With economic growth, which has been the case in India since the 1990s, the scenario looks quite different. Democratic empowerment is yielding slow gains; the marginalized are being exploited more aggressively; and the middle class is growing rapidly in numbers with its attraction to authoritarianism. The questions, difficult to answer at this time, are the following: As inequalities widen, would the slow gains from democratic empowerment be sufficient for the poor to keep faith with democracy? Would the burgeoning middle class attain the critical mass to assert its authoritarian preferences with more vigor? And would the groups in resistance be able to come together or would they be overcome one by one by the increasingly legitimized repression?
These social and political tensions, unleashed by the dynamic of growth, would inevitably feed back on the growth itself. And if growth is negatively affected by the conflicts there could be a switch to the no- or low-growth scenario described earlier. Managing these tensions and the expectations of the various constituencies would be the biggest challenge facing India and Indians in the near future.
It was mentioned at the beginning that all these forces would be unfolding in the context of the major trend of urbanization. In general, urbanization is a positive factor both socially, because it dissolves the differences of identity, and economically, because larger labor markets add to productivity. But once again, India is a special case in many ways. First, India has not invested sufficiently in its rural human capital to enable it to contribute to a modern urban economy in the short run without significant additional investment, an investment that needs at least a decade to yield meaningful results.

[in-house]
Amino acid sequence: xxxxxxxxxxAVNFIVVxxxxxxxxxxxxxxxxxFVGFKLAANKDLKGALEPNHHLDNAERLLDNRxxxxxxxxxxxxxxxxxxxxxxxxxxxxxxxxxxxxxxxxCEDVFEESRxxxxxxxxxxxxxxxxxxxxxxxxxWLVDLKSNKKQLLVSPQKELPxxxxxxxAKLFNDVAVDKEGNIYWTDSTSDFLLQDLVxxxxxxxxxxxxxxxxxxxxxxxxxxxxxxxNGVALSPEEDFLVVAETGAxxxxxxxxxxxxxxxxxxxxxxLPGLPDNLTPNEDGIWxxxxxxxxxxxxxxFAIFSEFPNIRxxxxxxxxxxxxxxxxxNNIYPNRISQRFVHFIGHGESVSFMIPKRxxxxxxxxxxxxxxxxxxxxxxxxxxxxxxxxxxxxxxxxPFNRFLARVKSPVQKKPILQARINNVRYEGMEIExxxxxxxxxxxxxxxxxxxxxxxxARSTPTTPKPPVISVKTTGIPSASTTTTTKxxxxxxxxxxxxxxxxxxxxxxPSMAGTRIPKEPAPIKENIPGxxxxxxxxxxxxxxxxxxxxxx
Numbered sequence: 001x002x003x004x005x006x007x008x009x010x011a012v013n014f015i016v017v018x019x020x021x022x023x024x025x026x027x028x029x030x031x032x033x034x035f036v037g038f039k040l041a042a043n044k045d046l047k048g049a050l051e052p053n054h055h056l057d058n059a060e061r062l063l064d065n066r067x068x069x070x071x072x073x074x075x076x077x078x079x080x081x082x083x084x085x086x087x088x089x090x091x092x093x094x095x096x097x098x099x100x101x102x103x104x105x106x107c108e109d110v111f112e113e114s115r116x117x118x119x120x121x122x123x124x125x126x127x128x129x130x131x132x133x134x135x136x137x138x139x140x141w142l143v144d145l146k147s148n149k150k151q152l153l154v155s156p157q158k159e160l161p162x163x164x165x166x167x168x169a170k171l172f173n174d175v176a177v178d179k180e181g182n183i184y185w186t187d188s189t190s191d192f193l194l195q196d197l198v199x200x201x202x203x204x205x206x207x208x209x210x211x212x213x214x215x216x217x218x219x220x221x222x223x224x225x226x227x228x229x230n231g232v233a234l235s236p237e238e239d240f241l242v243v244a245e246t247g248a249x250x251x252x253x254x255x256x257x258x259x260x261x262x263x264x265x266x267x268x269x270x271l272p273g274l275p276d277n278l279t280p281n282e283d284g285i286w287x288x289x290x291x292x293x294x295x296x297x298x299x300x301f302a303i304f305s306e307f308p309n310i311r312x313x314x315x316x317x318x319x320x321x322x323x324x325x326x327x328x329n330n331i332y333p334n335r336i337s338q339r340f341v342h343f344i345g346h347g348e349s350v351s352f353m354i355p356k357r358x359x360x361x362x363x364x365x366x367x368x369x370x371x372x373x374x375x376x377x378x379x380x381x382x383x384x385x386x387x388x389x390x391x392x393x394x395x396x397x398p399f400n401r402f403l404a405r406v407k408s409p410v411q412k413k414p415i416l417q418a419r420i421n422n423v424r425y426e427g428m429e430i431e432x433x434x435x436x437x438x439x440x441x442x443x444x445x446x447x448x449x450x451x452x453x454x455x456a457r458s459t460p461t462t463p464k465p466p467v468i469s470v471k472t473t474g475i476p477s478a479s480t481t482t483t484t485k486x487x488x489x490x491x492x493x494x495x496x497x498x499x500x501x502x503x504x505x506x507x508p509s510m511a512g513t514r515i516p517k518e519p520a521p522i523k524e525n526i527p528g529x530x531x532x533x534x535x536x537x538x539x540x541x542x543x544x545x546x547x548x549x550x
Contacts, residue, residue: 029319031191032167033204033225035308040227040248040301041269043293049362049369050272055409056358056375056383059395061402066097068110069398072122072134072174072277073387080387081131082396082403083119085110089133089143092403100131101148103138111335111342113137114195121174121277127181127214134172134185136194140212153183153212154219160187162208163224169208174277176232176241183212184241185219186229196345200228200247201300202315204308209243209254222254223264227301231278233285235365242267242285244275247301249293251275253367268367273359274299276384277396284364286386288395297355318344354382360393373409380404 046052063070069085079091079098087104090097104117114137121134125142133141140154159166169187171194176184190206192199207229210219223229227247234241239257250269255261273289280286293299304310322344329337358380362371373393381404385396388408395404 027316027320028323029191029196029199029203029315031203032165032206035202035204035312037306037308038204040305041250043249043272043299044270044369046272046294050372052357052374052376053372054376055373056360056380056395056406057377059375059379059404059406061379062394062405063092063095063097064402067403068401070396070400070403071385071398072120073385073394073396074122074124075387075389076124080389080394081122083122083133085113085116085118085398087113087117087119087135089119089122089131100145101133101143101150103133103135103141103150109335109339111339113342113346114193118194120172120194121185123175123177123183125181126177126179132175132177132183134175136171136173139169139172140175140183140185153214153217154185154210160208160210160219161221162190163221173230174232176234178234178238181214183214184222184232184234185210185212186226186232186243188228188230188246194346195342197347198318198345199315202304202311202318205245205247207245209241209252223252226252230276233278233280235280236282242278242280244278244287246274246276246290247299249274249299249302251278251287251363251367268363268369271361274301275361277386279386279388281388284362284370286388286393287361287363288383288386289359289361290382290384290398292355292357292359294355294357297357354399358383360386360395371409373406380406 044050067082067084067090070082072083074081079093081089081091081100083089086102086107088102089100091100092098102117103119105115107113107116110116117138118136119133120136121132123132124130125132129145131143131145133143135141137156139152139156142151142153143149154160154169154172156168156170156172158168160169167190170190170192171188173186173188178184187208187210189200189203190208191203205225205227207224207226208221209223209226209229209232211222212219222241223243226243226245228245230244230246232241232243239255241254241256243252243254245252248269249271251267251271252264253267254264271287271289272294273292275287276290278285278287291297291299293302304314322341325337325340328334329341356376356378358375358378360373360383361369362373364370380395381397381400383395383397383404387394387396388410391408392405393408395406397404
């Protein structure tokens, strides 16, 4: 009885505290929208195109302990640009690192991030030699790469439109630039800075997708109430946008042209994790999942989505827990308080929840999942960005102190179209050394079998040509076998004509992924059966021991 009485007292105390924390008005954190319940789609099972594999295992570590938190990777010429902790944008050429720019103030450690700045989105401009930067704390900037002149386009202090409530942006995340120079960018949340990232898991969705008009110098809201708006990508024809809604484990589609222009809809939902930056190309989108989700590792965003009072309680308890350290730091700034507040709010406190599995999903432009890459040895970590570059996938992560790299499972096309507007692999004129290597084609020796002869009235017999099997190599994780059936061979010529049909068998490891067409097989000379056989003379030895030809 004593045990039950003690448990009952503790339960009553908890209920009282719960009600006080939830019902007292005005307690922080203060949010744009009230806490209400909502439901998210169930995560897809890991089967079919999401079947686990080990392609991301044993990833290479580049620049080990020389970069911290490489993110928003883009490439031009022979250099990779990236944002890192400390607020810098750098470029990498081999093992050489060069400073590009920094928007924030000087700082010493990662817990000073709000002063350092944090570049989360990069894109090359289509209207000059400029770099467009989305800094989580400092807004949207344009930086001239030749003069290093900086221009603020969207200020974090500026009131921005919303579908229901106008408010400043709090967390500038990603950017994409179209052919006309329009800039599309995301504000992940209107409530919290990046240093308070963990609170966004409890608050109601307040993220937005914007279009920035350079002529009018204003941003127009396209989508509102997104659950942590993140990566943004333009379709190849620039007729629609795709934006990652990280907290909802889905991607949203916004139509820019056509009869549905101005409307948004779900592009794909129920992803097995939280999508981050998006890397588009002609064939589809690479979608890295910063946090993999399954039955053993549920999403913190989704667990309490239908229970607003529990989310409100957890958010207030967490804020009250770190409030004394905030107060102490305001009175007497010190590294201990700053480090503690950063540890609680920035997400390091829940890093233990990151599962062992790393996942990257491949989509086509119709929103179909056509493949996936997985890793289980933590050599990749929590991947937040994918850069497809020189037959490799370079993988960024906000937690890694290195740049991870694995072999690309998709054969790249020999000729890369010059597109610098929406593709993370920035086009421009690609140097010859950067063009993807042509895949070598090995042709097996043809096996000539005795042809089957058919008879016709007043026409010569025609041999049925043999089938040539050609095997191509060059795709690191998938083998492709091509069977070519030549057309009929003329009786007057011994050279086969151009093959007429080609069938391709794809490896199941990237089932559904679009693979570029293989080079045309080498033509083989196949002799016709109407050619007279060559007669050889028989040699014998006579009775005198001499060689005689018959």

Second, India is beset not only with differences along caste that could be expected to dissolve with urbanization but differences along religion that are just as likely to be exacerbated with increased urban competition. Third, Indian cities are by no means prepared to handle the influx of people in terms of housing and social services. And fourth, the autonomy of Indian cities to deal proactively with their issues or to leverage their potential is severely circumscribed by the existing balance of power between the municipalities and the states. All these, without adequate attention, can portend ill-served congested slums and ghettoized communities that are forever on a short fuse to real or contrived conflict. And there is little doubt that the soft authoritarians would from time to time clamor to have them demolished to realize the value of prime real estate while banishing the residents to the ever-receding outskirts of the growing cities.
Once again, economic growth is the joker in the pack. While economic growth in India has been high, it is concentrated in sectors that do not generate significant numbers of jobs of the type that can be filled by rural migrants. This is likely to lead to a mismatch between the supply and demand of labor and a widening gap between the more skilled urbanites and the less skilled rural migrants. How the benefits of the existing economic growth are distributed and what new engines of economic growth are favored, and where, would have a significant bearing on the absorption and uplifting of the new residents of Indian cities. A major investment in employment intensive infrastructure development combined with a spatial urbanization plan would be an obvious contender to consider.
This, by its very nature, is a very speculative exercise. Its objective is to invite responses that would refine the analysis, elaborate the scenarios, offer new ones, and suggest the measures to ensure the inclusive, just, orderly and stable development of India.